In the rush to big data, automation, and AI, the human dimension is becoming increasingly important. The more we know what people do, the more we need to know why they do it and what interventions might cause people to change what they do. Market research has always focused on understanding people, and since the 1940s has sought to do that by utilising both qualitative and quantitative approaches. Key elements of this human-centric focus will include:

  • Establishing what the business question really is.
  • Defining a research question, something that research can find out that will help answer the business question.
  • Understanding the research results. With Big Data, AI and automation the calculation of the results will increasingly be a task for data scientists and bots, but the interpretation requires human insight.
  • Finding the story in the results.
  • Communicating the story in ways that lead to action.

What AI? When? How?

Automation is now a mainstream component of market research and insights, but there are a large number of questions about how and when AI is going to be deployed more widely in market research. We are seeing some early steps in areas like panel management, the coding of open-ended comments, speech-to-text translation for video, sentiment analysis, and chatbots. However, none of these have made major changes, yet. For example, companies not using AI are still able to compete.

Coming back to the issue of speed, I think the key developments will be those that facilitate faster research. I foresee three levels of AI

  • Things which optimise processes (data cleaning, routing, management etc)
  • Things which improve the scope of DIY tools – so non-experts can do more, and do it quicker and safer.
  • Things that will enable power users to do more. One of the key shortages in the future will be in the area of experts (including data scientists, business analysts, and ethnographers) – tools that make experts more productive (i.e. faster) will be valuable.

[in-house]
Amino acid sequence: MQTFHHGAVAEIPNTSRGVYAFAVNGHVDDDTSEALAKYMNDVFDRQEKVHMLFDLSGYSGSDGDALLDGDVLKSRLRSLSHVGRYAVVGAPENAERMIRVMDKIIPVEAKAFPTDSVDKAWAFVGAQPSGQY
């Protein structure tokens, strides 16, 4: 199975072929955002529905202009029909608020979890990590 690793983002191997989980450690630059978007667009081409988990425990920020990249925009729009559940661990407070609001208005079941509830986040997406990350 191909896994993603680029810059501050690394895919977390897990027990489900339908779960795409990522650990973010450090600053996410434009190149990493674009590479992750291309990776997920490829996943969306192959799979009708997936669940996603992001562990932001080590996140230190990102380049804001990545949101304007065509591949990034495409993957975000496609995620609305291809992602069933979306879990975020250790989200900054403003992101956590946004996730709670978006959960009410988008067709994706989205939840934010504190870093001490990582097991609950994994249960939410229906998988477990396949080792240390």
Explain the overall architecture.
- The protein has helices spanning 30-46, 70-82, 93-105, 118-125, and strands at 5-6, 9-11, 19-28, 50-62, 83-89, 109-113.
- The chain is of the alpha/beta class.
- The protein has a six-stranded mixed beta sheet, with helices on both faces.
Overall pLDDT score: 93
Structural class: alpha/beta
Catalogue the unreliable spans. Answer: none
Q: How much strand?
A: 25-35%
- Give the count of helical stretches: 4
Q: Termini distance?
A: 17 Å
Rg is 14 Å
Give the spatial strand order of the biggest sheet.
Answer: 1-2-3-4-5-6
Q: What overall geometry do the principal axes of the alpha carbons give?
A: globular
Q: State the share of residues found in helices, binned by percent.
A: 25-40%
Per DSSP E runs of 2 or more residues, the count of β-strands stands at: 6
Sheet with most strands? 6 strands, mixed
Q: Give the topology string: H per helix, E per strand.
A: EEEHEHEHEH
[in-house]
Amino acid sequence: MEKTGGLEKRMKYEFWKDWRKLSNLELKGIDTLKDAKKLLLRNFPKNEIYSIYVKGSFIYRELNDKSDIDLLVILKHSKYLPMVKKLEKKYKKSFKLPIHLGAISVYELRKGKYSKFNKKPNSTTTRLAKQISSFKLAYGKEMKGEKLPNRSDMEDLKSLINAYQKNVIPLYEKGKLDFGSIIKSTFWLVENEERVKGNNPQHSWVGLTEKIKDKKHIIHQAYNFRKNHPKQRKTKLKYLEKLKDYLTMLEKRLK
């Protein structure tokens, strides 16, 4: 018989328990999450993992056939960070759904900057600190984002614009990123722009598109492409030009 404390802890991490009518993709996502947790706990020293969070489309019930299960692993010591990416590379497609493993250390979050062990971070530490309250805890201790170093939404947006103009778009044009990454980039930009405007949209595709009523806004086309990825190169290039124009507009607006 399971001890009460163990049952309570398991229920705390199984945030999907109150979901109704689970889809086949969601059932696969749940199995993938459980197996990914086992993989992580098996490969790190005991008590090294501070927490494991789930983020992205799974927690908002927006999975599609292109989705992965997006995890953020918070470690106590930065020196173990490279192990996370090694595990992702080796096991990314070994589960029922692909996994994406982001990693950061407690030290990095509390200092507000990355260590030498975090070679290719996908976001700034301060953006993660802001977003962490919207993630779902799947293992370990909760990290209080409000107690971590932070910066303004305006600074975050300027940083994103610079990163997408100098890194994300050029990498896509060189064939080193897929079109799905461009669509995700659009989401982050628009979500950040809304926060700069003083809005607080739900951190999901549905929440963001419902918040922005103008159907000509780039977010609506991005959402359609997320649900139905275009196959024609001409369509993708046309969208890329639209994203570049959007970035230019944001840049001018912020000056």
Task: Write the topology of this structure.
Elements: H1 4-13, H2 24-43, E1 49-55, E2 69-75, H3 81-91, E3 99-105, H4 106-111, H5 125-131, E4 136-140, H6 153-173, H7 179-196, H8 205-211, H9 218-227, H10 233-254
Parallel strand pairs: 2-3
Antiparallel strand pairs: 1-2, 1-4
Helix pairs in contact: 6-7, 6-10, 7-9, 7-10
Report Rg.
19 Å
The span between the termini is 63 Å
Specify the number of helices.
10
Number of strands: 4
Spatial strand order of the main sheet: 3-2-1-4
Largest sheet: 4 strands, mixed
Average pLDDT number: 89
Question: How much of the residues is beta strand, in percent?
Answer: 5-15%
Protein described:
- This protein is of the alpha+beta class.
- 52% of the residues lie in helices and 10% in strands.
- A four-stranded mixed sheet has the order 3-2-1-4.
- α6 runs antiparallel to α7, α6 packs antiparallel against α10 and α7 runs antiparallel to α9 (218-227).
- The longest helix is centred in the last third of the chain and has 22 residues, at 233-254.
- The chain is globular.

New Business Models

The traditional research model was that a client would speak to a small number of agencies, and issue RFQs. The agencies would bid for the project, centring their timeline and costing on the data collection process, and one agency would be appointed. The project would then be conducted and debriefed, with the focus of the presentation being the research that has just been conducted.

Clients are increasingly finding this business model, based on commissioning data collection, does not work for them. Data is cheaper, data is plentiful, data sources need blending, and the value is in the answers, not in the process. Models with low marginal costs (for example a simple, automated project from a self-serve portal), or a DIY project, or a project that is part of a subscription (e.g. an online community) are all more attractive than the traditional model. Perhaps other new models will appear, for example, perhaps somebody will get the market place model to work. Or perhaps a gig economy system where an app or company sits between end clients and large numbers of skilled freelancers will evolve. But I think it is clear the old business model will decline.

Advice to Young Researchers

Whilst the picture is different for different people, the group I am most often asked about are the people new to the world of market research and insights. Here are my thoughts specifically for them.

  • Understand business – for example, how does your client make its money?
  • Understand people – even data scientists need to understand motivations and psychology
  • Be T-shaped – have a broad understanding of the core skills for market research and insights and have a deep speciality (it could be coding, it could be semiotics, it could be visualisation – the topic almost doesn’t matter, as long as you are good at it and passionate about it).
  • Learn how to be fast – keep looking for approaches, tools, methods, apps etc that will allow you to work faster than other people around you.

To read more of Ray’s blogs, visit here. https://newmr.org/